Tuesday, June 15, 2010

COH - Above Air (2006)

COH is the work of the Russian soundsmith, Ivan Pavlov. The band name is actually written in the Cyrillic alphabet, is pronounced "sohn" and means "sleep." The resemblance to the English letters C, O and H is purely coincidental.

Now that we've got that cleared up, on to the music. This is an album of all electronic pieces with a common theme of airiness. While airiness may seem like a hard concept to get across, musically, Pavlov is very succssful in the implementation of his plan by using a rather restricted pallette of sound. The synths are mostly high pitched and somewhat thin, with bell like tones playing a prominent role. There is a bit of a hissing quality to many of the tracks, sounding like a jet engine might if it could only relax and turn down the volume. Some of the tracks are rather rhythmic (although nothing a sane person would dance to) and others are more free flowing and open ended. There are also elements of glitch present, such as minor clicks that sound a little like a CD skipping, and at times the music reminds me a lot of Coil's work as ELpH, which is appropriate as this release was dedicated to the memory of the recently deceased John Balance.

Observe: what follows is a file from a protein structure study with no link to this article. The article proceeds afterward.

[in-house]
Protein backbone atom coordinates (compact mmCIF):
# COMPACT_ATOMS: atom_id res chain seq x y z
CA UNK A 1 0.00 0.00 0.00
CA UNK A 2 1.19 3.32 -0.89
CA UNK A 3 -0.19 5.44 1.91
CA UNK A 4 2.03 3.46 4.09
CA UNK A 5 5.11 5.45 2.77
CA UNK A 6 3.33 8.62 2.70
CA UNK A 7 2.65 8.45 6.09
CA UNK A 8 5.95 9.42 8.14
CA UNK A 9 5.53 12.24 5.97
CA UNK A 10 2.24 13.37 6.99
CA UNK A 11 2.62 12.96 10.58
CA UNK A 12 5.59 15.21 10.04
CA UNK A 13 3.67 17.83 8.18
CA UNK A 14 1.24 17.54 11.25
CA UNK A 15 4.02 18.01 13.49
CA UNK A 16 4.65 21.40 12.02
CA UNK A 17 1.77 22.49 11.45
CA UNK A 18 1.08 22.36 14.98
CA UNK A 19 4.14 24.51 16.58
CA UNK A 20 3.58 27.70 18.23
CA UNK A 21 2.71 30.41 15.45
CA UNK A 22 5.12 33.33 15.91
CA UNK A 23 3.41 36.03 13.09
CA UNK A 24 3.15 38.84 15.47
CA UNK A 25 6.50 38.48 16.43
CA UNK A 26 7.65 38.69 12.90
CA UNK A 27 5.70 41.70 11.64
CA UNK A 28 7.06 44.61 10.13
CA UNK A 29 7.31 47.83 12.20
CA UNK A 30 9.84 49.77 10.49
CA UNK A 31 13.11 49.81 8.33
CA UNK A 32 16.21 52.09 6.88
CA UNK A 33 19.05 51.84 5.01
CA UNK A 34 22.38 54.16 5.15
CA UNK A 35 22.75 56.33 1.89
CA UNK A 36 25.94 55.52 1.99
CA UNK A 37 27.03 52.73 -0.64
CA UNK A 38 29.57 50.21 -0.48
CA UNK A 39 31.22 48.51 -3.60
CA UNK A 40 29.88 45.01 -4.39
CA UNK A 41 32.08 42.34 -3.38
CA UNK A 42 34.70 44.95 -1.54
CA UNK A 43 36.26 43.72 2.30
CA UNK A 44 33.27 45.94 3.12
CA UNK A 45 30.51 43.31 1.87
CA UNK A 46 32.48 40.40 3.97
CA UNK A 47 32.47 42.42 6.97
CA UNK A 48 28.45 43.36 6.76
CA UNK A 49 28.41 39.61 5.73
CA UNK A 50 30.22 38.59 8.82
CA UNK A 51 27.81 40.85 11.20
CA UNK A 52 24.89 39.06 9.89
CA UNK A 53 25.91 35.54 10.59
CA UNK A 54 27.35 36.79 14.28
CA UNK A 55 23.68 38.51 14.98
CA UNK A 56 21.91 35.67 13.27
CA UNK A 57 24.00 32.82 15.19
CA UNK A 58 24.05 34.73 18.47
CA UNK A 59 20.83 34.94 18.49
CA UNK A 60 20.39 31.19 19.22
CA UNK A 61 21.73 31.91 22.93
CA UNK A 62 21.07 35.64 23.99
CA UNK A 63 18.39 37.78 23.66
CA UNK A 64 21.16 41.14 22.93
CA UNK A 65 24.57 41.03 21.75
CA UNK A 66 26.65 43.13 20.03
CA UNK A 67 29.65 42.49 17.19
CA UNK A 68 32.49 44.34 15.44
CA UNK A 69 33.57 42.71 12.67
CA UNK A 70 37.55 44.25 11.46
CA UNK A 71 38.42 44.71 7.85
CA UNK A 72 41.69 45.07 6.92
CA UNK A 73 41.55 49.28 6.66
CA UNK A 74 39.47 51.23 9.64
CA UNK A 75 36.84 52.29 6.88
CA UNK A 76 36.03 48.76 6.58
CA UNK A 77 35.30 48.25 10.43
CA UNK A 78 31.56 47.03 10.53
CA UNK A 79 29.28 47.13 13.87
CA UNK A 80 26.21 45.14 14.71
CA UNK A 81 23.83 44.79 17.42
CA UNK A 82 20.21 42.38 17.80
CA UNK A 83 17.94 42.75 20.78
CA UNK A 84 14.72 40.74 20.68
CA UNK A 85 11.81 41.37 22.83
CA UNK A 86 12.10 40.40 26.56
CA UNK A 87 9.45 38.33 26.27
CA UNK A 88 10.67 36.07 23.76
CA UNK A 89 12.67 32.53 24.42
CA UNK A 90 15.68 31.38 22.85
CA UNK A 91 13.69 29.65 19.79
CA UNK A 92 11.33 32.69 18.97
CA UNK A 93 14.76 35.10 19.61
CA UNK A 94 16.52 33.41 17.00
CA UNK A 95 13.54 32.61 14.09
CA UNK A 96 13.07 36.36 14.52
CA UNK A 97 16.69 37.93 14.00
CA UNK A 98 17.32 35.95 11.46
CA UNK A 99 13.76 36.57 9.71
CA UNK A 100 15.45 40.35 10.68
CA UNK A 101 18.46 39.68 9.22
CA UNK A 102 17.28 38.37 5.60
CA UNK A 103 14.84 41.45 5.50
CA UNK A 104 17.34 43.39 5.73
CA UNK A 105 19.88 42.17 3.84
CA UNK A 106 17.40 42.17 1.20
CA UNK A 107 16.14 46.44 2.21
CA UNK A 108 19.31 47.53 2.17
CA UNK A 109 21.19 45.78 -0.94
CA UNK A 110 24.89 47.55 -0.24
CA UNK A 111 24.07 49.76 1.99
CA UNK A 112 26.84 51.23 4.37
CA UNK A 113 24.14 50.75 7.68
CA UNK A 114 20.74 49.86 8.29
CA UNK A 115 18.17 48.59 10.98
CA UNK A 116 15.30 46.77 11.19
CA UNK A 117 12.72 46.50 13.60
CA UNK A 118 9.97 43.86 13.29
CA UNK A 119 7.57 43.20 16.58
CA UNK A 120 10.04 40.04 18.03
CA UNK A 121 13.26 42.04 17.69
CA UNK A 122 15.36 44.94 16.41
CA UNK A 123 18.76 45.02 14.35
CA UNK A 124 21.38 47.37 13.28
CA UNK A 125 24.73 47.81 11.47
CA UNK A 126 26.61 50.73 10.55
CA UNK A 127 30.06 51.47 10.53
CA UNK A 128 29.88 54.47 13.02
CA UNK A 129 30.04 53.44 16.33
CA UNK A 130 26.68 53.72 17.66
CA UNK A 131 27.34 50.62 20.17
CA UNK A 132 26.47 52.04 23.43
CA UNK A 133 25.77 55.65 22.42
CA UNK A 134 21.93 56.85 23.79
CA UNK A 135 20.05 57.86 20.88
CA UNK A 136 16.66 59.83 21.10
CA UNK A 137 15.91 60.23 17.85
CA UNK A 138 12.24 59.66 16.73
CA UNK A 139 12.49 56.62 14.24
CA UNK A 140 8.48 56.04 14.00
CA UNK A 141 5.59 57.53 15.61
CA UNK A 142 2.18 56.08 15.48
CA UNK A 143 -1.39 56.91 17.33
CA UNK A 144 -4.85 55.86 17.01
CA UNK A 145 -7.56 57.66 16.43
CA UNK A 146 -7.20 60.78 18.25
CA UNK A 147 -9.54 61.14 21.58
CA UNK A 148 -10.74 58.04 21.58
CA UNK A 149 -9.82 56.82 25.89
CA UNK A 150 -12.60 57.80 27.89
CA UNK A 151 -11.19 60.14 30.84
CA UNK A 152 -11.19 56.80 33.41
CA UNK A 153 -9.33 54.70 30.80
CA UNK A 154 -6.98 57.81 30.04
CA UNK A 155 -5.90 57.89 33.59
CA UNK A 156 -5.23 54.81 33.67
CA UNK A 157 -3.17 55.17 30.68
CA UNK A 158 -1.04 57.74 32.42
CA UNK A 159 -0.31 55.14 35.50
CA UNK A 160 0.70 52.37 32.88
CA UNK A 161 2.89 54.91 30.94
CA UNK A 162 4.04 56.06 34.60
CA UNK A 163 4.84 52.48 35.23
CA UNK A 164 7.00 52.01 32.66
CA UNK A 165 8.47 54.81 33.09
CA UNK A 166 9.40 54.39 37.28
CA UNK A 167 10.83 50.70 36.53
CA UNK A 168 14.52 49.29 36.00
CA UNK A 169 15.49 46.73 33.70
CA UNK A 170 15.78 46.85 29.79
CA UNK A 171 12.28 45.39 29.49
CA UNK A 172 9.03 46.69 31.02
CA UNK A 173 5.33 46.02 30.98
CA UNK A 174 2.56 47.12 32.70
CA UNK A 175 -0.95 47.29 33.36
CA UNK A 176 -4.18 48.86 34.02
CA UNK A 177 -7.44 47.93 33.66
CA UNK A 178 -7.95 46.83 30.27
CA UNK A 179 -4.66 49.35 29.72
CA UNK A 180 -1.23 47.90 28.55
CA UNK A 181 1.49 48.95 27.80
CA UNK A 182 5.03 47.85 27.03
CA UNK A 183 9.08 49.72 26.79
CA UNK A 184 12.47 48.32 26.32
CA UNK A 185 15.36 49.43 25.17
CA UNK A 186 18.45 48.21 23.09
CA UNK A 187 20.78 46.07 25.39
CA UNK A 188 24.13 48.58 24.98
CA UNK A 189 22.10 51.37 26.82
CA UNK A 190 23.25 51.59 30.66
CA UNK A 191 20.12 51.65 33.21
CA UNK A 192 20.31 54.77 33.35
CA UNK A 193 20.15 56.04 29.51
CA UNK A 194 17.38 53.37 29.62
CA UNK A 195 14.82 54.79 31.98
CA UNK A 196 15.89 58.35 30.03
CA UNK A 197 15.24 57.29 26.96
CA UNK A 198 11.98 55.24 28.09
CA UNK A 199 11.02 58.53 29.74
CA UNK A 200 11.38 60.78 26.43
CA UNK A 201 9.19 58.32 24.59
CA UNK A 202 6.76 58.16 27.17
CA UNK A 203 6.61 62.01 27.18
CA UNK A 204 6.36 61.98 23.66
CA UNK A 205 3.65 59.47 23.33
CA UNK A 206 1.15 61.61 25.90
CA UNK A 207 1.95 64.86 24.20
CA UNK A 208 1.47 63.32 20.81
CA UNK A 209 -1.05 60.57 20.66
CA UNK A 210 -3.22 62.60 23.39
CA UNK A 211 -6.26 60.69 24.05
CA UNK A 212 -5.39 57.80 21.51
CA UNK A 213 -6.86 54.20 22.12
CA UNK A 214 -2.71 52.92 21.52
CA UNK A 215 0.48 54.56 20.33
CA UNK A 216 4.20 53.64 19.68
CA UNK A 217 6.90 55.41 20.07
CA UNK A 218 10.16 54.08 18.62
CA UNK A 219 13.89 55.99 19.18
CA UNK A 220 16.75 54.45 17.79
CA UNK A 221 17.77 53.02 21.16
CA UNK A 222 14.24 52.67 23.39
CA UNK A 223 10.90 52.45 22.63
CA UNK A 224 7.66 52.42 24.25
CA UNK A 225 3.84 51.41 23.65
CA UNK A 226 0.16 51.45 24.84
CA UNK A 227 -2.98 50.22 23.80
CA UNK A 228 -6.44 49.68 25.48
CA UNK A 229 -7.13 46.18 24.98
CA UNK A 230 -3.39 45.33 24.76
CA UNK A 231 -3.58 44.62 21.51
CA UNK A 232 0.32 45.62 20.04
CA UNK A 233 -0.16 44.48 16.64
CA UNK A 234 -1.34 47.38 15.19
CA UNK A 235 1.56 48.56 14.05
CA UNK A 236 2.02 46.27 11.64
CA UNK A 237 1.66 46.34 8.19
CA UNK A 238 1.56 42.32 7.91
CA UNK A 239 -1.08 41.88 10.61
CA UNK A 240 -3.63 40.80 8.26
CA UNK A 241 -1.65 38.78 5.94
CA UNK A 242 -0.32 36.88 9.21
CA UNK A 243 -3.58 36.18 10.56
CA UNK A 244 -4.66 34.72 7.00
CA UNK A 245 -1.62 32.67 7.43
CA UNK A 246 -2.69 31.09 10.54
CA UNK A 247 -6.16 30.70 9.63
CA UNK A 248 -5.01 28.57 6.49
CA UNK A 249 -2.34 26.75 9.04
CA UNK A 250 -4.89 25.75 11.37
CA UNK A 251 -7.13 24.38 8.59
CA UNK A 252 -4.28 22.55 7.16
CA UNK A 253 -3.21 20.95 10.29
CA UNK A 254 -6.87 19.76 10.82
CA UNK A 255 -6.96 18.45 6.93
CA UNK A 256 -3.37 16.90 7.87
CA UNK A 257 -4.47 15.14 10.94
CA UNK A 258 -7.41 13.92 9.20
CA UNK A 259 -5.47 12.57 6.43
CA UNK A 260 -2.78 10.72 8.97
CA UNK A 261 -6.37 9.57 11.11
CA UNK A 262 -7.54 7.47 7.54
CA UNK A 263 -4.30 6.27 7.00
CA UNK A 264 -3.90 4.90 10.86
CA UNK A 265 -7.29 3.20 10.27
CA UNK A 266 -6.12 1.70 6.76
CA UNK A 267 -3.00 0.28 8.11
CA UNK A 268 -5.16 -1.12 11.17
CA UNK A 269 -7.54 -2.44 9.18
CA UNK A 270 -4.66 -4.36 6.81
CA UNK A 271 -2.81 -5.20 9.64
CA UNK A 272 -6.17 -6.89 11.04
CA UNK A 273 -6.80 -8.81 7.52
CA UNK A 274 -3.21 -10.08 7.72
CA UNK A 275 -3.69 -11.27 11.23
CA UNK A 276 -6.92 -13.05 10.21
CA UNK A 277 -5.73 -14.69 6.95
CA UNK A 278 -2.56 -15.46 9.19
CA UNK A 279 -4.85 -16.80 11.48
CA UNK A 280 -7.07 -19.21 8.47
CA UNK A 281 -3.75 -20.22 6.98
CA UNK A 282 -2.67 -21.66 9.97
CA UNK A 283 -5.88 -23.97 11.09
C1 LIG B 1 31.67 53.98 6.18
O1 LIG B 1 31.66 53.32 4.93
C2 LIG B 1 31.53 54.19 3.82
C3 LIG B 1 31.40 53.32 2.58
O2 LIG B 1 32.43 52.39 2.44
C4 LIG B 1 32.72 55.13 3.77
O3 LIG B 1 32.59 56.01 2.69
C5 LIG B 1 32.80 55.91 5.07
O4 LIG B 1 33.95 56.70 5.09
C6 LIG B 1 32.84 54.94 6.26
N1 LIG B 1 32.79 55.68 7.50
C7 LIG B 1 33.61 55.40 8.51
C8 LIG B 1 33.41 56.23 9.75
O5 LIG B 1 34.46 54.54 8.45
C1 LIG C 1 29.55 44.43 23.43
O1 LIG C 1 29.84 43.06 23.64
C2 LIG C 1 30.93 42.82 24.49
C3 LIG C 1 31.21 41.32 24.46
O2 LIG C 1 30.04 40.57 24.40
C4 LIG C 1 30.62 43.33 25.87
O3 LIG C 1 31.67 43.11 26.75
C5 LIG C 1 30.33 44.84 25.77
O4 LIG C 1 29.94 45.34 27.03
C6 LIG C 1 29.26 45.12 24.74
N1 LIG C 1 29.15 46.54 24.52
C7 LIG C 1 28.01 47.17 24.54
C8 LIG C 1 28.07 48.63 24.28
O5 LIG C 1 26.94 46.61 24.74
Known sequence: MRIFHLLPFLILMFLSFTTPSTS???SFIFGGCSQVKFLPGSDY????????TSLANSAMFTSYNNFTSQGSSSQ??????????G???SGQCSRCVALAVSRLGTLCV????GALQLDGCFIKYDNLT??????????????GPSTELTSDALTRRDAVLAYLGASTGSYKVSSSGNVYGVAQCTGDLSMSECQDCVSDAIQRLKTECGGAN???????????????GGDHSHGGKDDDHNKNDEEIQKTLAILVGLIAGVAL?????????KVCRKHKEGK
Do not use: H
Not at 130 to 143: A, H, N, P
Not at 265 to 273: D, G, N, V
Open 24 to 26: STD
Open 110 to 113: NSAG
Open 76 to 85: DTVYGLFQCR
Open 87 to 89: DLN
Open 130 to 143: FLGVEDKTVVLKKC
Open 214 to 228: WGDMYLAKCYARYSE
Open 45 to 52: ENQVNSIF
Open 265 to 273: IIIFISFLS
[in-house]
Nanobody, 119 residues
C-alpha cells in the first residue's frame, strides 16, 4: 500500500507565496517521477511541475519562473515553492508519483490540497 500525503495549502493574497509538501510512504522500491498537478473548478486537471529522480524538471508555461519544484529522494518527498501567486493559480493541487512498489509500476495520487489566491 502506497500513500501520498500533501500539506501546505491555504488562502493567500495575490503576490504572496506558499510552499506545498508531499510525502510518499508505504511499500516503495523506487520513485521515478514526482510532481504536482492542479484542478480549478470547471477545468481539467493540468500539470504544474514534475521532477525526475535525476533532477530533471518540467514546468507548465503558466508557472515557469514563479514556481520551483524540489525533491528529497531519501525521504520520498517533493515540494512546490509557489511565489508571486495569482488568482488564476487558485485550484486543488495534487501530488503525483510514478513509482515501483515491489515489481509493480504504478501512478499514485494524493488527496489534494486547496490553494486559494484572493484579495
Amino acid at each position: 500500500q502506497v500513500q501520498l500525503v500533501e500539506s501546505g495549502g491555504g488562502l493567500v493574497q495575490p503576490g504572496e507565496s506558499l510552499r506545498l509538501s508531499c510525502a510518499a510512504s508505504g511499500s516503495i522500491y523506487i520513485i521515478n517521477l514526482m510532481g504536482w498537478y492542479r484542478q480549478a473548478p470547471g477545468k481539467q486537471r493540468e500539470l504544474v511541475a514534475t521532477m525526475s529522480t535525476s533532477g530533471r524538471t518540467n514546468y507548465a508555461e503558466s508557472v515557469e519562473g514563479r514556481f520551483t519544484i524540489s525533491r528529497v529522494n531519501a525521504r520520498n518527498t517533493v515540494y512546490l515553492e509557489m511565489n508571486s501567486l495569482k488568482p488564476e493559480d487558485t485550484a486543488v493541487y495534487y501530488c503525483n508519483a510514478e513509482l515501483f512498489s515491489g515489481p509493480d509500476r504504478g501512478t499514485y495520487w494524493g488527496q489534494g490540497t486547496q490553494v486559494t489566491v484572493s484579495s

The overall tone of the album is very subdued and open, at times bordering on ambient. It's easy to imagine oneself drifting through the stratosphere, alone and peaceful, with only the sounds of moving air and occassional faint radio signals passing through your ears. The unity of sound that Pavlov has achieved, while still maintaining nine aurally distinct tracks is impressive. Usually albums of this sort are either overly monotonous or else they abandon their concept in search of a more varied sound. That Pavlov deftly avoids these traps and delivers a rich and satisfying listening experience is a tribute to his creativity and to his skills as an electronic musician.

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